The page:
“Jane Doe 2.” “Jane Doe 3.” “S.B.” This is how three women are known in court documents. All three say they suffered sexual violence and that their colleges knew enough to better protect them. They feel betrayed.
The women want to maintain privacy while asking for monetary damages and better accountability for how the campuses address sexual misconduct and assault.
Even in the #MeToo era, when many have opted to go public to raise awareness, doing so can come at immense personal costs, and survivor advocates say it should always be their choice.
“Survivors who find the courage to report what they endured must be empowered, at all times, to control their privacy in the interest of their mental health,” wrote S.B.’s lawyers, Michael Dolce and Takisha Richardson of Cohen Milstein Sellers & Toll, in a May 29 letter about the public university to more than 40 Florida legislators.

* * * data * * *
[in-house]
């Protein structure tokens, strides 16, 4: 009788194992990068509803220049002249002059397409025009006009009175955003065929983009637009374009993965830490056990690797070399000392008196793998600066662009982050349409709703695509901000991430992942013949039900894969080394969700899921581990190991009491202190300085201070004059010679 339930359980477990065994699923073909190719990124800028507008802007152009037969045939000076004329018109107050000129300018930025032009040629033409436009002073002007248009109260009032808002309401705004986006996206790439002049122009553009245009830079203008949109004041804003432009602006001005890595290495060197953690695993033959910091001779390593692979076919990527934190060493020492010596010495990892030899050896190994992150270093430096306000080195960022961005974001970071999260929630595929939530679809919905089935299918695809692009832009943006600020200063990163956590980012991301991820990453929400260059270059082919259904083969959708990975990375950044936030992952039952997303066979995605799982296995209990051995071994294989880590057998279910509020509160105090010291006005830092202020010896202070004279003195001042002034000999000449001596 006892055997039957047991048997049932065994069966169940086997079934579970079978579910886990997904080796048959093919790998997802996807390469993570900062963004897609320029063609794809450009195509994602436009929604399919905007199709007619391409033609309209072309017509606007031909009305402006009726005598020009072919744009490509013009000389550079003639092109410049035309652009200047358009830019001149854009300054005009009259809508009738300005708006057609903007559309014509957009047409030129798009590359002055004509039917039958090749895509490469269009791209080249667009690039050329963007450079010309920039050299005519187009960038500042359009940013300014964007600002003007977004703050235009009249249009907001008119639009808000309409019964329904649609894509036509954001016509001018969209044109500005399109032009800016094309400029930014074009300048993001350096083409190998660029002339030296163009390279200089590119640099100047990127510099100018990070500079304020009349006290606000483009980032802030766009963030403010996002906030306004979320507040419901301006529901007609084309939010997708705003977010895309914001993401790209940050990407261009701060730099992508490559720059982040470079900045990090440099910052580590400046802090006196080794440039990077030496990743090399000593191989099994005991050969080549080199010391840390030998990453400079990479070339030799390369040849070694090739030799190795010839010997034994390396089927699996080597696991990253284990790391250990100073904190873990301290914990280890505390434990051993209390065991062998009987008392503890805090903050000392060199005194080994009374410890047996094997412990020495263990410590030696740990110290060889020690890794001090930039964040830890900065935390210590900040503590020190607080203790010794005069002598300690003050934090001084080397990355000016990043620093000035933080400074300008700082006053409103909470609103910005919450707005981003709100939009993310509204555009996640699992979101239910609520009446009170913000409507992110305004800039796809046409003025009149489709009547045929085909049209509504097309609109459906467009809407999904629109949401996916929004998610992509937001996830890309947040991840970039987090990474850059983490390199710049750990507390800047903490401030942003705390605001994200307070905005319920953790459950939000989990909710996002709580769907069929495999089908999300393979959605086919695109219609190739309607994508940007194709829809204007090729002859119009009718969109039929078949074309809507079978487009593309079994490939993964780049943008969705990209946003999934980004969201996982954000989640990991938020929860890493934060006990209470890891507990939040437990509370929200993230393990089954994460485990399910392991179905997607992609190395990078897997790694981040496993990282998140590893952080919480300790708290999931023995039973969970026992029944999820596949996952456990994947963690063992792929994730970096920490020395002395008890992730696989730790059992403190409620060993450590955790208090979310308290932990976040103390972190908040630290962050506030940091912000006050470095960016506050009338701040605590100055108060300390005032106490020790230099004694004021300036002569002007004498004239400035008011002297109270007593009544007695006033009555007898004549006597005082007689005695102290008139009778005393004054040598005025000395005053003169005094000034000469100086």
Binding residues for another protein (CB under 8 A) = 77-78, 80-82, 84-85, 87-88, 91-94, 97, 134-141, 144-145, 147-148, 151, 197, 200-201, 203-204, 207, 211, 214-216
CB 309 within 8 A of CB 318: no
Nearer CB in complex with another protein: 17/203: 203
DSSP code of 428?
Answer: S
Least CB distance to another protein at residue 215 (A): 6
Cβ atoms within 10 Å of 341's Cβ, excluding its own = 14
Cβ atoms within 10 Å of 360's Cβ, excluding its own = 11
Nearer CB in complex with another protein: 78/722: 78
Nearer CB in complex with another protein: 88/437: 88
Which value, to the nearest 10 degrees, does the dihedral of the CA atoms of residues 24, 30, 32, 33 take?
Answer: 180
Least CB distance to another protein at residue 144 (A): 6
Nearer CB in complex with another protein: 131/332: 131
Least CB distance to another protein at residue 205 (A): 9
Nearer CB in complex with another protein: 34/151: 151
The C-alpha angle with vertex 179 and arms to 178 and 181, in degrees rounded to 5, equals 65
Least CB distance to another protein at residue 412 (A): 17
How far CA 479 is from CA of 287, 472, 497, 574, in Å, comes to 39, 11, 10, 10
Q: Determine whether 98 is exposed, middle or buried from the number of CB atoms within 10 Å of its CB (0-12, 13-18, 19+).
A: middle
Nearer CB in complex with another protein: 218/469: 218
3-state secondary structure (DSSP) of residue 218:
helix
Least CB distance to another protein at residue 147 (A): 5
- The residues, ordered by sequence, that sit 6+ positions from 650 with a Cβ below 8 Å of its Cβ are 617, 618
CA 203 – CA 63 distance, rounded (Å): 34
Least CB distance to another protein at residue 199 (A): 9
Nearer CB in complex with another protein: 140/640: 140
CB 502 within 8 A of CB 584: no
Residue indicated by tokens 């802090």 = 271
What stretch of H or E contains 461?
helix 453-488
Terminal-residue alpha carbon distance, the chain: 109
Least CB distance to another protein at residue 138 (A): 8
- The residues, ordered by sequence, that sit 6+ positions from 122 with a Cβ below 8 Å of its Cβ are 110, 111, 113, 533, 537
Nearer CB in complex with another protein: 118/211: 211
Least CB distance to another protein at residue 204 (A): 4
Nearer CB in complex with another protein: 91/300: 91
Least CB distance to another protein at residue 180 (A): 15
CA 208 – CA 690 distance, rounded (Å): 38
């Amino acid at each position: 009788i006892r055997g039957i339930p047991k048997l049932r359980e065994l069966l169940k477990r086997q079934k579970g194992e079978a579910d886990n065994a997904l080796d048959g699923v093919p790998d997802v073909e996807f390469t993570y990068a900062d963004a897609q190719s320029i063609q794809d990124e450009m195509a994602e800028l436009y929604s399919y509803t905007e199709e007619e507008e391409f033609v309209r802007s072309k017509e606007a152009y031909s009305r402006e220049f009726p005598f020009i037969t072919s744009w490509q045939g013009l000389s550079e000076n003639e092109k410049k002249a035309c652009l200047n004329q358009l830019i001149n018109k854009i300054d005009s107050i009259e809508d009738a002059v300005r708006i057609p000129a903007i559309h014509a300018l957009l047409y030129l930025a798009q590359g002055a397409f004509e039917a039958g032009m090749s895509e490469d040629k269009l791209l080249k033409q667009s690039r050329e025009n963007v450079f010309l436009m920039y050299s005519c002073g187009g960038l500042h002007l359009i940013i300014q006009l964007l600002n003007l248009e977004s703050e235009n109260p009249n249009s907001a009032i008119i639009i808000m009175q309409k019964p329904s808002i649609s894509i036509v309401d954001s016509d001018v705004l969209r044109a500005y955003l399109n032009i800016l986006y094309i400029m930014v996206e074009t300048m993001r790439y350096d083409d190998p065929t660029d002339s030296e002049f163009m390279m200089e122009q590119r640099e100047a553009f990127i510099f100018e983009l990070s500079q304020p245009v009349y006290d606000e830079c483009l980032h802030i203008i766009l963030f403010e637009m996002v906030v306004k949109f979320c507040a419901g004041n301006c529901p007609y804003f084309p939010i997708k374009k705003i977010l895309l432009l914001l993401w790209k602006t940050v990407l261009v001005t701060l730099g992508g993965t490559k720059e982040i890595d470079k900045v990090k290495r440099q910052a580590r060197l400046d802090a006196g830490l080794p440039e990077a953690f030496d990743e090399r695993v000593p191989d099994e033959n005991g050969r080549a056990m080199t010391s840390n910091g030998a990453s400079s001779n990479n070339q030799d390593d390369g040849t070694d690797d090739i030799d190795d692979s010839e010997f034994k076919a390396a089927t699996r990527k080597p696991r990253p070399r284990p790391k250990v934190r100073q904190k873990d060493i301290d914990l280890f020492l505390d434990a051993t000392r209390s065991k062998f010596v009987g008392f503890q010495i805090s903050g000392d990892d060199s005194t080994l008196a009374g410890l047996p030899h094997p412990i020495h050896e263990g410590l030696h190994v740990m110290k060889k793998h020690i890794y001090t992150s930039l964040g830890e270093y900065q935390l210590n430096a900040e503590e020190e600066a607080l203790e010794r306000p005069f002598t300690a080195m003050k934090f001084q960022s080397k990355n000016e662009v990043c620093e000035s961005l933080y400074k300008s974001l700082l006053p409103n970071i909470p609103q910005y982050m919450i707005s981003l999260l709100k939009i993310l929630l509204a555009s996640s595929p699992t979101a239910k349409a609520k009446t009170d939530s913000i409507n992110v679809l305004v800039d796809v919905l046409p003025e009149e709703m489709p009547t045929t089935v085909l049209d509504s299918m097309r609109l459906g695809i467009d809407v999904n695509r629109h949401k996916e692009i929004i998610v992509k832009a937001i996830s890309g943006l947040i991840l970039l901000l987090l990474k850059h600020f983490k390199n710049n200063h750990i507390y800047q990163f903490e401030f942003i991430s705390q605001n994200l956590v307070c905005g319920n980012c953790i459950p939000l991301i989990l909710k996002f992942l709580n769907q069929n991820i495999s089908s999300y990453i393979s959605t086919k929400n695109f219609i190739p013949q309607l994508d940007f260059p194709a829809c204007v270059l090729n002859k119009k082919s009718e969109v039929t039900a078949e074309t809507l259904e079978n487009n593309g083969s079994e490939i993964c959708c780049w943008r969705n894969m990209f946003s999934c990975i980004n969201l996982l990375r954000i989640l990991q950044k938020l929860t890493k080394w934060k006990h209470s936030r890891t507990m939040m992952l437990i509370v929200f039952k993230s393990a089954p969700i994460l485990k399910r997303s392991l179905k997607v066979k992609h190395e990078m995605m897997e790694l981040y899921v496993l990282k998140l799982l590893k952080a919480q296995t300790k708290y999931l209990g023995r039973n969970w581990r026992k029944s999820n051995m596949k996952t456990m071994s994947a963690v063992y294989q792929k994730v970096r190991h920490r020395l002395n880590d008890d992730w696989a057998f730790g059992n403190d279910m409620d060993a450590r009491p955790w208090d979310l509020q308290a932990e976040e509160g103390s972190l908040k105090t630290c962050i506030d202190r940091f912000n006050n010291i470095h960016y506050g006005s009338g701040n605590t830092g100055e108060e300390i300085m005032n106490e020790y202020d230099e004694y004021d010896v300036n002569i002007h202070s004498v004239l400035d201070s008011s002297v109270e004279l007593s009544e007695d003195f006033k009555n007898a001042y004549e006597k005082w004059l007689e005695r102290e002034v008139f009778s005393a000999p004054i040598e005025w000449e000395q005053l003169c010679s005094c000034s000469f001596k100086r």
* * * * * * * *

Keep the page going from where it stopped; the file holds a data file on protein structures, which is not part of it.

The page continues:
The university has bolstered staffing and policies to support students reporting sexual misconduct and is “merely asking for a fair and open trial,” FAMU says in an emailed statement. “The plaintiff is an adult demanding monetary damages under Title IX and the University has asked that her legal name be provided to jurors at trial.”
To Mr. Dolce, that statement suggests a worrisome “shift away from due respect for those who report these crimes,” he says in a phone interview.
While not commenting on the specifics of either case, Professor Lake notes that some universities may think they don’t have a level playing field when stories about a lawsuit with an unnamed plaintiff are swirling in the media. “If you are trying to combat a narrative about your institution, you can only fight with a ghost,” he says.
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